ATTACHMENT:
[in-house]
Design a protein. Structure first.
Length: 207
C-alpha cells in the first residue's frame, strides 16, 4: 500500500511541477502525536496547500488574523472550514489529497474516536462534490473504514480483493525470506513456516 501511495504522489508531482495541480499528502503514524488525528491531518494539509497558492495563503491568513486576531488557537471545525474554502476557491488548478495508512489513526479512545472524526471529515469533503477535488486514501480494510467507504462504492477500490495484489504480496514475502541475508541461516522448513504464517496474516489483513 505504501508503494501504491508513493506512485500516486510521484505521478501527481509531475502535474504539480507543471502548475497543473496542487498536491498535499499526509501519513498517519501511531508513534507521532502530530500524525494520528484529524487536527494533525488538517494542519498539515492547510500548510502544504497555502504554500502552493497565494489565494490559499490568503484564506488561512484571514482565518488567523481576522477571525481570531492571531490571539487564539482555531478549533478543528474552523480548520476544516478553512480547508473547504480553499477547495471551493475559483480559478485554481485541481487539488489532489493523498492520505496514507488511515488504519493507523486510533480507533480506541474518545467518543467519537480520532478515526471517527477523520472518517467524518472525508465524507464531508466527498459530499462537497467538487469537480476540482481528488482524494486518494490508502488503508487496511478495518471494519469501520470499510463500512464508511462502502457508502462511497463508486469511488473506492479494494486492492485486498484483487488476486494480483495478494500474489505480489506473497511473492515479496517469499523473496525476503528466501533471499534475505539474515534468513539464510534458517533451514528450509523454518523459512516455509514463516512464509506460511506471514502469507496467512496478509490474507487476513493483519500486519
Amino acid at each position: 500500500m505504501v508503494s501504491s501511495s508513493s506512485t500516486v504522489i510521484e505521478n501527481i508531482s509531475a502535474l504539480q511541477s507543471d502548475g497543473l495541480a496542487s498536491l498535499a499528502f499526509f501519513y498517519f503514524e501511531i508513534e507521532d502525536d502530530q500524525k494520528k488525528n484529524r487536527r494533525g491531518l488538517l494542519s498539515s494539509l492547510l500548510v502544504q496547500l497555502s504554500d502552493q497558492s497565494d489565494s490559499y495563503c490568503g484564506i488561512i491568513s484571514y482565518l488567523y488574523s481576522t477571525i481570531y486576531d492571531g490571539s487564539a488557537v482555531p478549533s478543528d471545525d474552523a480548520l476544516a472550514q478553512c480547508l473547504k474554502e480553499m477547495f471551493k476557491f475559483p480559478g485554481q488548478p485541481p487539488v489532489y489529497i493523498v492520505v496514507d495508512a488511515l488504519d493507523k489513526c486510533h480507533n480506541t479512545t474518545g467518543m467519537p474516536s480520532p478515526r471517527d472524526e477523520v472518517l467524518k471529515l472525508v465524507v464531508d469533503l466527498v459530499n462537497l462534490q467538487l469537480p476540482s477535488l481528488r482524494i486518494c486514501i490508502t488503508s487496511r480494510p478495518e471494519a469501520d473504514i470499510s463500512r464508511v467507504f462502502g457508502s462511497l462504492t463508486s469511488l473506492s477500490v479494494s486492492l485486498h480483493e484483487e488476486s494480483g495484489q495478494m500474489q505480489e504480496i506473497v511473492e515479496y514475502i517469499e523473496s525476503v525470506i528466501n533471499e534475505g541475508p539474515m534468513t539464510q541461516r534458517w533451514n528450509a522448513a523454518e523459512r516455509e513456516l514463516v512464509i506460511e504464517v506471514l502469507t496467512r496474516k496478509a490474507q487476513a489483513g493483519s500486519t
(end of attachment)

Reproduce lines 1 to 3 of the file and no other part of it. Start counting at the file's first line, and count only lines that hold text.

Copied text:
[in-house]
Design a protein. Structure first.
Length: 207